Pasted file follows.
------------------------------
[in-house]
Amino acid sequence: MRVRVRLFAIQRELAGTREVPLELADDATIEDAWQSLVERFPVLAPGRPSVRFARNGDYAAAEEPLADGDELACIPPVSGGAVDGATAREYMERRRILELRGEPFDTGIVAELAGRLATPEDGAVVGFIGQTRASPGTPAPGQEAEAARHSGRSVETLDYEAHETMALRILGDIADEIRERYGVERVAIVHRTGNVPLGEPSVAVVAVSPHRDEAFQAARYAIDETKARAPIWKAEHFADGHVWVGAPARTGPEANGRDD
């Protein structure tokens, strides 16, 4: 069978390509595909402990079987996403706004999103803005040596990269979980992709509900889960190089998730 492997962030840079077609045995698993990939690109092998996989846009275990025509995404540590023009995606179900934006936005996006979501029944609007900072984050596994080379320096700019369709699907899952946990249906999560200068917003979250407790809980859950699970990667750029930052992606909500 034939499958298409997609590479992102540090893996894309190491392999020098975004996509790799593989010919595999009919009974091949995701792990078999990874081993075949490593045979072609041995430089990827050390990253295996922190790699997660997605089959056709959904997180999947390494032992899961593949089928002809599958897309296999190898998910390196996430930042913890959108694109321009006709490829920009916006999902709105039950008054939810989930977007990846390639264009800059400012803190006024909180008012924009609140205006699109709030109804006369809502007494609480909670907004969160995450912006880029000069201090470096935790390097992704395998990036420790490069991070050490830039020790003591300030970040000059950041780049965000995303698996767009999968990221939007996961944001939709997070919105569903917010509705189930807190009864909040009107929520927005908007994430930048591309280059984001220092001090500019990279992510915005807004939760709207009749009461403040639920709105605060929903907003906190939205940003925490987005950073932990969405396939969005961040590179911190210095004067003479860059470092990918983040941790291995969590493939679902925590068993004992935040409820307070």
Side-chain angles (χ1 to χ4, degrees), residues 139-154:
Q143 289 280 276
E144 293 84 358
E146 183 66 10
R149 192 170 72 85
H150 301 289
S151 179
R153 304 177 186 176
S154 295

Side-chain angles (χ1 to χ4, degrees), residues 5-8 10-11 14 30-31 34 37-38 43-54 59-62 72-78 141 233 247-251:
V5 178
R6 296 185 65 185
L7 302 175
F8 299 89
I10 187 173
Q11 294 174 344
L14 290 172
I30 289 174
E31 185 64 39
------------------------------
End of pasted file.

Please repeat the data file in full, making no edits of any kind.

[in-house]
Amino acid sequence: MRVRVRLFAIQRELAGTREVPLELADDATIEDAWQSLVERFPVLAPGRPSVRFARNGDYAAAEEPLADGDELACIPPVSGGAVDGATAREYMERRRILELRGEPFDTGIVAELAGRLATPEDGAVVGFIGQTRASPGTPAPGQEAEAARHSGRSVETLDYEAHETMALRILGDIADEIRERYGVERVAIVHRTGNVPLGEPSVAVVAVSPHRDEAFQAARYAIDETKARAPIWKAEHFADGHVWVGAPARTGPEANGRDD
């Protein structure tokens, strides 16, 4: 069978390509595909402990079987996403706004999103803005040596990269979980992709509900889960190089998730 492997962030840079077609045995698993990939690109092998996989846009275990025509995404540590023009995606179900934006936005996006979501029944609007900072984050596994080379320096700019369709699907899952946990249906999560200068917003979250407790809980859950699970990667750029930052992606909500 034939499958298409997609590479992102540090893996894309190491392999020098975004996509790799593989010919595999009919009974091949995701792990078999990874081993075949490593045979072609041995430089990827050390990253295996922190790699997660997605089959056709959904997180999947390494032992899961593949089928002809599958897309296999190898998910390196996430930042913890959108694109321009006709490829920009916006999902709105039950008054939810989930977007990846390639264009800059400012803190006024909180008012924009609140205006699109709030109804006369809502007494609480909670907004969160995450912006880029000069201090470096935790390097992704395998990036420790490069991070050490830039020790003591300030970040000059950041780049965000995303698996767009999968990221939007996961944001939709997070919105569903917010509705189930807190009864909040009107929520927005908007994430930048591309280059984001220092001090500019990279992510915005807004939760709207009749009461403040639920709105605060929903907003906190939205940003925490987005950073932990969405396939969005961040590179911190210095004067003479860059470092990918983040941790291995969590493939679902925590068993004992935040409820307070």
Side-chain angles (χ1 to χ4, degrees), residues 139-154:
Q143 289 280 276
E144 293 84 358
E146 183 66 10
R149 192 170 72 85
H150 301 289
S151 179
R153 304 177 186 176
S154 295

Side-chain angles (χ1 to χ4, degrees), residues 5-8 10-11 14 30-31 34 37-38 43-54 59-62 72-78 141 233 247-251:
V5 178
R6 296 185 65 185
L7 302 175
F8 299 89
I10 187 173
Q11 294 174 344
L14 290 172
I30 289 174
E31 185 64 39